More than 10 percent of employees between the ages of 35 and 44 had their wages garnished last year, according to a new study by payroll company ADP. That’s a staggering figure, and it creates a serious problem for employers, who are subject to complex state and federal laws about garnishment and can be sued if they do something wrong.
For years, wage garnishment was generally limited to people who fell behind on child support payments or owed money to the IRS. But that’s changed, as more and more private companies are using wage garnishment as a way to collect overdue consumer debts.
In the past few years, these creditors have filed millions of lawsuits. Last year, some 4 million people had their wages garnished for credit card debts, student loans, car payments, medical bills and other consumer obligations. In fact, among employees earning $25,000 to $40,000 a year, more had garnishments for consumer debts than for child support.
There are complex federal and state laws that dictate how employers must respond to garnishment requests. Sometimes they conflict, in which case the employer must generally follow the law that results in the smallest garnishment. Things can get even more complicated if an employer has workers who live in different states with different laws. And some types of debts, such as tax debts, have their own rules.
Employers who make a mistake can face fines, and can even become liable for the employee’s debt in some cases.
Garnishment orders are typically made by a local court, after a worker has fallen seriously behind on a debt and the creditor has filed a lawsuit. Generally, a business must comply with the order and is not required by federal law to obtain a worker’s authorization to withhold money from a paycheck (although state law may vary).
Typically, the court will have sent information about the garnishment order to the employee – although not all employees pay attention to or understand these notices, which can result in a nasty surprise and an unhappy worker who blames the employer for reducing his or her pay.
Under federal law, garnishment is limited to a percentage of a worker’s “disposable earnings.” Figuring out this figure is complicated – it includes wages, salaries, bonuses, commissions, and pension earnings, but doesn’t include tips. This amount must be reduced by federal, state and local income taxes, along with Social Security and unemployment deductions – but not voluntary deductions such as union dues, health insurance payments or retirement plan contributions.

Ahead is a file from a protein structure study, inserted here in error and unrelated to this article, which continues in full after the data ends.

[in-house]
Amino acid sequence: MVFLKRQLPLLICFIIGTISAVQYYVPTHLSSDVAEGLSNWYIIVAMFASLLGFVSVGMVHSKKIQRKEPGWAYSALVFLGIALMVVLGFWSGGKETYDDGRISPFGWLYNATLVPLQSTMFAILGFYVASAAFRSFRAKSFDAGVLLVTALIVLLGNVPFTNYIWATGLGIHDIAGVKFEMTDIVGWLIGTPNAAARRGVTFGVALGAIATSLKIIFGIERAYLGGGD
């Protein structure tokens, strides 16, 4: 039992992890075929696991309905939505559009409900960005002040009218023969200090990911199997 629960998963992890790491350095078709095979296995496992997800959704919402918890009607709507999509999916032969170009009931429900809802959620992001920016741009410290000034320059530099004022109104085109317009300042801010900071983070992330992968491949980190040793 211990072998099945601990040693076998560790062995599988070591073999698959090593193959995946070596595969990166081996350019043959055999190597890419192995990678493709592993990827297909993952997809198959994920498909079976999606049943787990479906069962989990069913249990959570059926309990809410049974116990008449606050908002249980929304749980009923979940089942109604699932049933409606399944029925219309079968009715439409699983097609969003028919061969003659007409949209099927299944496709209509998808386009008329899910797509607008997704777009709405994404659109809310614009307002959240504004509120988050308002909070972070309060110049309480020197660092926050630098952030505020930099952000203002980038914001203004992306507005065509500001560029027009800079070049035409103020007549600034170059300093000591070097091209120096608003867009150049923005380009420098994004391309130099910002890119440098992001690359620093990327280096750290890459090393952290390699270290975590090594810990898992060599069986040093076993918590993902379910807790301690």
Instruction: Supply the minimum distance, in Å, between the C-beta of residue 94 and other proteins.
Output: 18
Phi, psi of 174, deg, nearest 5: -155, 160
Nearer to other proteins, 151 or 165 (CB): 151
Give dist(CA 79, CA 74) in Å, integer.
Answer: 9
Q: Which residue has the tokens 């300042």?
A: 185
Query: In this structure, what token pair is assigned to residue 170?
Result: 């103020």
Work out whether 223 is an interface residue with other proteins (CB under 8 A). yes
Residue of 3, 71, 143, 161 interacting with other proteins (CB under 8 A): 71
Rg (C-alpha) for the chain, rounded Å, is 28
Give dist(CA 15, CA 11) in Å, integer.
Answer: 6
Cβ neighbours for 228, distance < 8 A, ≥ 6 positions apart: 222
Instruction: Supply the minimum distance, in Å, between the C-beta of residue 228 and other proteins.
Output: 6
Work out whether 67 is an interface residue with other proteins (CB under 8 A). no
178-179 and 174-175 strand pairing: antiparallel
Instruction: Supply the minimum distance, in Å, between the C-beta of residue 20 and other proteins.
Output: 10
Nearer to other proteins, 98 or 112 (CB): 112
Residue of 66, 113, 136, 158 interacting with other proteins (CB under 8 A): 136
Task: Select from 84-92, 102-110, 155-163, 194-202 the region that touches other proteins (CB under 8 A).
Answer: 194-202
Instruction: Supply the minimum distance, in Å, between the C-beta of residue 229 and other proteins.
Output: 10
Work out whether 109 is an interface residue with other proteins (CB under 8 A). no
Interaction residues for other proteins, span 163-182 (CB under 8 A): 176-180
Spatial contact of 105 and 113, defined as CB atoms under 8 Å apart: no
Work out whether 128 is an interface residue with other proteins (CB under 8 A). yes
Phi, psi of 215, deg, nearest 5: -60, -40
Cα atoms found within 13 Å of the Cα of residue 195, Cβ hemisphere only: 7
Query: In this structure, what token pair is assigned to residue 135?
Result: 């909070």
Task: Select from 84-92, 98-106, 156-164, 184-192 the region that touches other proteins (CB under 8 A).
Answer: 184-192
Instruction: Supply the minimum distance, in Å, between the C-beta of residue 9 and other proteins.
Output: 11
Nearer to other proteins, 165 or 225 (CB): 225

Garnishment amounts for consumer debts are limited to 25% of disposable earnings or the amount by which weekly disposable earnings exceed 30 times the federal hourly minimum wage, whichever is less. (Again, state laws may be different.)
Under federal law, up to 65% of disposable income can be garnished for alimony and child support, but this figure depends on whether the worker is supporting a new spouse or child as well as how far behind he or she is on the payments. There are special rules that apply to garnishments of tax debts, bankruptcy-related debts, money owed to federal agencies, and student loans owed to the U.S. Department of Education.
The rules are so complex that it’s not unheard of for a local court to issue a garnishment order that’s not consistent with federal or state law. In such a case, the employer will need to go to the court and ask it to fix the problem – a company can’t legally break the rules even if it’s following a court order.
Some businesses have been known to fire employees rather than deal with wage garnishment issues. Curiously, federal law prohibits you from firing someone because of a single wage garnishment, but it theoretically allows you to fire someone who has two separate wage garnishments at the same time, or who voluntarily assigned wages to a creditor rather than waiting for a court garnishment order.
But you should be extremely careful about this. State laws may be different, plus a fired employee could claim discrimination if he or she was fired for multiple garnishments and other employees weren’t.
Employers who violate the federal law on firing over a garnishment can be sued for reinstatement and back pay, and can even be prosecuted criminally in some cases.